Tedder said vacation rentals make up about 45% of the tourism development taxes he collects. And he estimates that there are about 4,000 to 4,500 vacation rental homes in Polk County.

And then there is the phenomenon dominated by the popular Airbnb reservation site: renting out your own accommodation or parts of your accommodation to passing visitors for just a few days. Tedder said part of the industry is “exploding”.

Hanks said the industry has been doing particularly well since the onset of COVID-19 because people feel more secure in a house that they can rent entirely for themselves rather than staying in hotels and motels.

“Our numbers are through the roof,” he said.

State control ensures standardization

Hanks said the main argument for approving the bill is simple: standardization.

He said all licensing and regulations would be done at the state level so that owners looking to rent do not have to go through multiple levels of licensing and inspection to enter the market. He said the bill would create a “simplified set of rules”.

Additionally, he said if cities or counties had behavioral issues during some short-term rentals, that was not a problem. But they must put in place rules that control all residential properties, such as noise ordinances or parking restrictions.

Hanks said cities and counties could generate more revenue as well, as around 400 platforms like Airbnb will need to ensure owners have a license and a tax ID before approving their real estate listings. on their sites.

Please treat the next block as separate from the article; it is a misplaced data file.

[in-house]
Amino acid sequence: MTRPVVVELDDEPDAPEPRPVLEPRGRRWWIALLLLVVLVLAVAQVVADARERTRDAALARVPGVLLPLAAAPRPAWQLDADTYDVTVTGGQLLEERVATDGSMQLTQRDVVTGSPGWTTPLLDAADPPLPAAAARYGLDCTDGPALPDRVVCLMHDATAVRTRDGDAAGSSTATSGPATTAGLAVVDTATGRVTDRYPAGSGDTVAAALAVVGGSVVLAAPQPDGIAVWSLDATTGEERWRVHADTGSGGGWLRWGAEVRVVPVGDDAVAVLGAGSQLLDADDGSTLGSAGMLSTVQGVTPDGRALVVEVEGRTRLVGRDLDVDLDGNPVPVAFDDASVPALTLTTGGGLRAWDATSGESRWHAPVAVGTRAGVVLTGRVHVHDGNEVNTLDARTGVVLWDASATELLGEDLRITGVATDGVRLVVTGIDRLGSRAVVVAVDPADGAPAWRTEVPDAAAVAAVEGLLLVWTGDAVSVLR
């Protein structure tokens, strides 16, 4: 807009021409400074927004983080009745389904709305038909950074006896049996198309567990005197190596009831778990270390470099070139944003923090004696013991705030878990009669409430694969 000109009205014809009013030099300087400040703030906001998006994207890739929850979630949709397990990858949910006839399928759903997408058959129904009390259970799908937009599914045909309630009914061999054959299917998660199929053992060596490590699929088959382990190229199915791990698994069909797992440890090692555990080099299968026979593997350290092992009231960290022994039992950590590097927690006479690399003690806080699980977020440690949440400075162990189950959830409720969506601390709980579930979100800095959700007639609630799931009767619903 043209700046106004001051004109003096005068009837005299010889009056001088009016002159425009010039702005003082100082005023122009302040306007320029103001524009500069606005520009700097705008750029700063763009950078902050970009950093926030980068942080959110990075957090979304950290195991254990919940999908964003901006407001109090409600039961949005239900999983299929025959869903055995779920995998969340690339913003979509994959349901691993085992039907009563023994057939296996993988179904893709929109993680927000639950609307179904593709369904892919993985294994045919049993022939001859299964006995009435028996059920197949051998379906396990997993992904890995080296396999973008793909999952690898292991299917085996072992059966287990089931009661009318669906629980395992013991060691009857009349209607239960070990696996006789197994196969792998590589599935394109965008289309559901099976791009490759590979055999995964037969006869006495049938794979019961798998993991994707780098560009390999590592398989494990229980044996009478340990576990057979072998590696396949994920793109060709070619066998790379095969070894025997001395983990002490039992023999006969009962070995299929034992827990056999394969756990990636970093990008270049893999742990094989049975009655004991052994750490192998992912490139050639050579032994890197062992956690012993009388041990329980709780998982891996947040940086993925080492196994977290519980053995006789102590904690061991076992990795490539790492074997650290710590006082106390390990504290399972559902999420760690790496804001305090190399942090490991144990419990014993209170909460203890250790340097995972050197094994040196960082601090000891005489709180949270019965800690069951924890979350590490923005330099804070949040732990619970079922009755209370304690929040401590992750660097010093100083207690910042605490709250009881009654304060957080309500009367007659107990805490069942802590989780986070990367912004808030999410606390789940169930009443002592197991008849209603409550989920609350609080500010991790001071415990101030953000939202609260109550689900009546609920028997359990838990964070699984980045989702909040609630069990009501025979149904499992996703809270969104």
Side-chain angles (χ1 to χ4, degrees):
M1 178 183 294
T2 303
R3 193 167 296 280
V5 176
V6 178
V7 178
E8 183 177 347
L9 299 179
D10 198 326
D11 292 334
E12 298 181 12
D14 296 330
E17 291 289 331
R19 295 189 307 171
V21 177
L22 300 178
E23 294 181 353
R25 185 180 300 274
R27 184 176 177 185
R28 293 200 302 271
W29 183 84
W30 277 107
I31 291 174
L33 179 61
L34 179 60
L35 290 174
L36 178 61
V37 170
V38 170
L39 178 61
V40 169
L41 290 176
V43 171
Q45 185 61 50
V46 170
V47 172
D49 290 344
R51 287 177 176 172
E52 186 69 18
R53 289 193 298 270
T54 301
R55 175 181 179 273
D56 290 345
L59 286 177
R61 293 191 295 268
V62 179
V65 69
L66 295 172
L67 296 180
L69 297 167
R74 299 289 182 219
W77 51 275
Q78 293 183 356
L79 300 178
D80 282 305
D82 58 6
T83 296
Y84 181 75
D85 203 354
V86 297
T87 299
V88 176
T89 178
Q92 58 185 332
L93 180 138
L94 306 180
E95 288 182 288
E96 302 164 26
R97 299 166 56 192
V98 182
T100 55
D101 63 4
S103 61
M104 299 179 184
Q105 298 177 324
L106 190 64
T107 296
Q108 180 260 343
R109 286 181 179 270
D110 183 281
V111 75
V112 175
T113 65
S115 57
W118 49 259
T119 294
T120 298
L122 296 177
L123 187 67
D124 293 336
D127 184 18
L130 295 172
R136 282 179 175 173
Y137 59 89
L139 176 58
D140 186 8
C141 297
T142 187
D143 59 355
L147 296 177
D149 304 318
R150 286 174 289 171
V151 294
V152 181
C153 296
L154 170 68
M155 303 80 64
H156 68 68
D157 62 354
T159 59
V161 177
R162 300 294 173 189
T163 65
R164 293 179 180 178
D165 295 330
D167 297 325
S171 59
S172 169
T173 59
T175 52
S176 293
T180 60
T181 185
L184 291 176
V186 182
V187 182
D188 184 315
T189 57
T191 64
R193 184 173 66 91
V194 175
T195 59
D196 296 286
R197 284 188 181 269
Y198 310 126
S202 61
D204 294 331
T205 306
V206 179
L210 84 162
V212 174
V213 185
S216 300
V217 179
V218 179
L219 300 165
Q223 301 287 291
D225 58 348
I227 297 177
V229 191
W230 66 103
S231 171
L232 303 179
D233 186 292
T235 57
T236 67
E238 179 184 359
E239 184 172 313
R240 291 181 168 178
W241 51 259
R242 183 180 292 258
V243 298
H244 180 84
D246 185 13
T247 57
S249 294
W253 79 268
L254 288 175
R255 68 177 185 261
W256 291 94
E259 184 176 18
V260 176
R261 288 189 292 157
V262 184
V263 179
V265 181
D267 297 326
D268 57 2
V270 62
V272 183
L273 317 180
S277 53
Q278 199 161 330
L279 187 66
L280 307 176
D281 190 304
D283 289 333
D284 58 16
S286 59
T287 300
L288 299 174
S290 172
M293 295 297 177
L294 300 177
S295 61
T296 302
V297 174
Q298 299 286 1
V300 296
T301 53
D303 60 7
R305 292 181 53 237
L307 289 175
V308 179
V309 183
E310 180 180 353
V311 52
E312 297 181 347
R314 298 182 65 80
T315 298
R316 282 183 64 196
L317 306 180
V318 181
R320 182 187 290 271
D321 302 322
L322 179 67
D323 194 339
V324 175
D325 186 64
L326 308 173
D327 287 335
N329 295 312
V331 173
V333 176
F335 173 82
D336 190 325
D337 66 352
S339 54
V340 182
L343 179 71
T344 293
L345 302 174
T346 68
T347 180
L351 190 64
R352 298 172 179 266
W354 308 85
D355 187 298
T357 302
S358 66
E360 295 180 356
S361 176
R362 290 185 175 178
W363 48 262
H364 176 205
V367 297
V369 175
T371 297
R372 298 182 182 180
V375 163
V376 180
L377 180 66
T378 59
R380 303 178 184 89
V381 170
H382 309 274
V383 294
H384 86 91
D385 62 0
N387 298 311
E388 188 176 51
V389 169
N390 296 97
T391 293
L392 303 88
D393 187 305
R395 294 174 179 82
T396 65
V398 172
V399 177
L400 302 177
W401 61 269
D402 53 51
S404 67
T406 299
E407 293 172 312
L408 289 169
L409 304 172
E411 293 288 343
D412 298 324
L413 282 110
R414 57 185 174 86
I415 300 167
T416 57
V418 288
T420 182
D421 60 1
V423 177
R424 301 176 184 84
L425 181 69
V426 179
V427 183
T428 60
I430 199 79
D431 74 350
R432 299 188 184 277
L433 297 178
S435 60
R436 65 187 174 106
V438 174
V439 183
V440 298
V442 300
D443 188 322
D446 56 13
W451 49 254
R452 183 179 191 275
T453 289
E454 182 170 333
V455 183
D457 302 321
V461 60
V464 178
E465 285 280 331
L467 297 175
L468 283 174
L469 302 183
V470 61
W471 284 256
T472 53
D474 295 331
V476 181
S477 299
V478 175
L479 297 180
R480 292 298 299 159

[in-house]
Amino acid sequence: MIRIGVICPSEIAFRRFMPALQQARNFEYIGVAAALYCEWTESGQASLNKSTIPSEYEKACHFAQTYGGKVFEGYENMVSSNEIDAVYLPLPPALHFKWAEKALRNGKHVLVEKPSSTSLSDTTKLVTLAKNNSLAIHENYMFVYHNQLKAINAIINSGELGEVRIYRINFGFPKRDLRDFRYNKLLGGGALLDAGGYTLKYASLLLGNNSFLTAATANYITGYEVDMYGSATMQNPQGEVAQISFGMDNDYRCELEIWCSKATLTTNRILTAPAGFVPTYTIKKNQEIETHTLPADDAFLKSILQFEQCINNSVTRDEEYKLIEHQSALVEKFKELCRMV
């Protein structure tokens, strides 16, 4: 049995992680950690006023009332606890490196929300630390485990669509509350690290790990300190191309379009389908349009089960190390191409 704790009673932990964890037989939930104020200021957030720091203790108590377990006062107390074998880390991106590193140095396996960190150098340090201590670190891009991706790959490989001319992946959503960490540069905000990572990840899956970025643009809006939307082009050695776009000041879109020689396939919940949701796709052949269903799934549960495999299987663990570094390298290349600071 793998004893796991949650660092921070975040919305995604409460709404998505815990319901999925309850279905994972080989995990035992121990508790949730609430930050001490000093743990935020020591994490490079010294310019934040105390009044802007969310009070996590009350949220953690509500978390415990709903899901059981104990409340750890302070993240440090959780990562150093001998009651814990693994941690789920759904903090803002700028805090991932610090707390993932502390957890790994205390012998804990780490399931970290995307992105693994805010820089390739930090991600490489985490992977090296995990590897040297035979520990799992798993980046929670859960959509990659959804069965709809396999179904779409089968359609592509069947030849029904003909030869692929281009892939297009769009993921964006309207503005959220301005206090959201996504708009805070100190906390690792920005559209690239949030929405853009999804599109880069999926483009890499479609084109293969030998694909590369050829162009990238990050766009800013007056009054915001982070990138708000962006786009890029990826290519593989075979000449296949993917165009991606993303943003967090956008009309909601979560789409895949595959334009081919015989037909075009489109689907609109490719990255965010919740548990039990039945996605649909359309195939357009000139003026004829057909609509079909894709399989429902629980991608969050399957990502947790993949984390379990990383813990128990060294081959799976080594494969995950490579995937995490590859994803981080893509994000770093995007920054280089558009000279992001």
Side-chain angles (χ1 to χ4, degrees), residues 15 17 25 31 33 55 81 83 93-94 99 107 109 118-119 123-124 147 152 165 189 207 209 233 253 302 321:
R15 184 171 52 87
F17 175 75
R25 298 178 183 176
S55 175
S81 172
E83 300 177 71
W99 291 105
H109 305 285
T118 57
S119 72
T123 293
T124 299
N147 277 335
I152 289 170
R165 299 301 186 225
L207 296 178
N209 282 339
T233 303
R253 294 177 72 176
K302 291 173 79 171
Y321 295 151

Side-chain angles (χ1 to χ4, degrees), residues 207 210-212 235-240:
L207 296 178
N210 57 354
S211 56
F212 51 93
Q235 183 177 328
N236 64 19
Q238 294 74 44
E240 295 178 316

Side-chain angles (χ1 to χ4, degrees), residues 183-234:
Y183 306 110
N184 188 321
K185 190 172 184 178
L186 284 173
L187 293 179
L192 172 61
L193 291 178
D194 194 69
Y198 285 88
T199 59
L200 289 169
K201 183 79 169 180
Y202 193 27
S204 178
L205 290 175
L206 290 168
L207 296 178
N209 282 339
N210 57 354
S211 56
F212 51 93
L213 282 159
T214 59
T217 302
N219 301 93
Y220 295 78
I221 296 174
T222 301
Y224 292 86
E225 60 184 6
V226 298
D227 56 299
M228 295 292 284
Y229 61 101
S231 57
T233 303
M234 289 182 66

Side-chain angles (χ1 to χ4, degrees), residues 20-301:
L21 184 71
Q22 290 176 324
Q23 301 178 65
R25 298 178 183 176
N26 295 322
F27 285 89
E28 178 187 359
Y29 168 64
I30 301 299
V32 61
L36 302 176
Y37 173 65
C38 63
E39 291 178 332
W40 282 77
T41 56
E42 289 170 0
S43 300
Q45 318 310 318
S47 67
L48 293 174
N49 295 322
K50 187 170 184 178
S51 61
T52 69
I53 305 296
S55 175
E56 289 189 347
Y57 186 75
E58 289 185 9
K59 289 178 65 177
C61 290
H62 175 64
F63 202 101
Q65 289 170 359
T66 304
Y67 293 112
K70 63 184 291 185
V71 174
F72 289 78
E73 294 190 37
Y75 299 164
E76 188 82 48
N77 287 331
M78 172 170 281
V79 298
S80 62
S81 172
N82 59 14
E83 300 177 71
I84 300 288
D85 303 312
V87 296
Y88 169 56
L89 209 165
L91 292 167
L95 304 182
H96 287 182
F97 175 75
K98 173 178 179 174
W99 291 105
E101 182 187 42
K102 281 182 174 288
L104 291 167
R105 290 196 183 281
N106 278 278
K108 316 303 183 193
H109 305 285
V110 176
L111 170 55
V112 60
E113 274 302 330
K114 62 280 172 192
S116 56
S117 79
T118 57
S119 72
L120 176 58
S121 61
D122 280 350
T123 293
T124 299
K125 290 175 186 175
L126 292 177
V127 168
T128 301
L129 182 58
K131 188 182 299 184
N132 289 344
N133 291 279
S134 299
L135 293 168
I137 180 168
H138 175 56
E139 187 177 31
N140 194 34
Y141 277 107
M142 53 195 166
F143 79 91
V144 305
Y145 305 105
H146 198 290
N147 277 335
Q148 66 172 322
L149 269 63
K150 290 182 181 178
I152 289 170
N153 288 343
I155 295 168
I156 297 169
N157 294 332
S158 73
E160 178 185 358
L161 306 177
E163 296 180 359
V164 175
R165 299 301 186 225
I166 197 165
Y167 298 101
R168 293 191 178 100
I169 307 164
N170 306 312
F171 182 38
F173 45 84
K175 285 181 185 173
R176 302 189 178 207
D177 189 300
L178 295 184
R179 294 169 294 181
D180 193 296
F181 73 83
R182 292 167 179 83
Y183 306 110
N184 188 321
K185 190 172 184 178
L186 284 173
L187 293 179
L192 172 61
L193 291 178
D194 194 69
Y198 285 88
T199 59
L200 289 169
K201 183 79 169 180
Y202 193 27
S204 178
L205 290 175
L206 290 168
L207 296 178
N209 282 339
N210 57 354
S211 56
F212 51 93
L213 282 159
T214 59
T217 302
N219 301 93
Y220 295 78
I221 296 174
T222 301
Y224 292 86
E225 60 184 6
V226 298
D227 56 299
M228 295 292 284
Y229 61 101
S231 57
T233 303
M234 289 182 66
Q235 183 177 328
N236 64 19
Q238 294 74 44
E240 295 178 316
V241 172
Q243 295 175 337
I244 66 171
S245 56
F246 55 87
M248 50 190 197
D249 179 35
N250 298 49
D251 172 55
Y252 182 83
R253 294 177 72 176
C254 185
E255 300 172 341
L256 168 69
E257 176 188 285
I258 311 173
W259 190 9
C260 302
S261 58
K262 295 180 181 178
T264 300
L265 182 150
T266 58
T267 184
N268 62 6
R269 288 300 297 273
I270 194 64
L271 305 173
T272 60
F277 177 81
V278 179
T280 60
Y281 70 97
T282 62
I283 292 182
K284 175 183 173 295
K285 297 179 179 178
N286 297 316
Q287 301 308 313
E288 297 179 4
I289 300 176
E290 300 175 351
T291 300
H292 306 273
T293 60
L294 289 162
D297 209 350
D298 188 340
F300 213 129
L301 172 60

“Just by not passing this bill for several years, I think it’s costing local governments a lot of money,” Hanks said. “There’s just layer after layer of these things that shouldn’t be like this when a system can handle everything like that.”

Tedder has had to get creative with collecting taxes on short-term rentals until now. After Airbnb and its competitor HomeAway refused to give him the accounts they had on their site for tax collection purposes, he made a deal: these sites would collect the taxes on his behalf and then hand over the money. . Tedder said giving in was worth it because some places still don’t see that tax revenue.

“Am I going to keep hammering sand or am I going to go ahead and get a deal and start collecting this money?” Tedder said.

The bill even has a supporter at the local level: Commissioner Neil Combee on the Polk County Board of Commissioners, who previously served in the Florida House of Representatives.

As a representative, Combee supported similar limits on local control over short-term rentals. And he hasn’t changed his mind.

“Some jurisdictions have, you know, tried to make it impossible for anyone to rent their property. And others maybe haven’t done anything and haven’t resolved anything at all,” Combee said. “The legislature said we need to take this once and for all, regulate it and allow it at the state level.”

Combee agreed that if a neighborhood has a problem with unwanted behavior caused by short-term rentals, it should control that behavior at all levels rather than selecting short-term rentals.

And he added that if he could see why some would have a problem with state intervention, he doesn’t really see any other solution.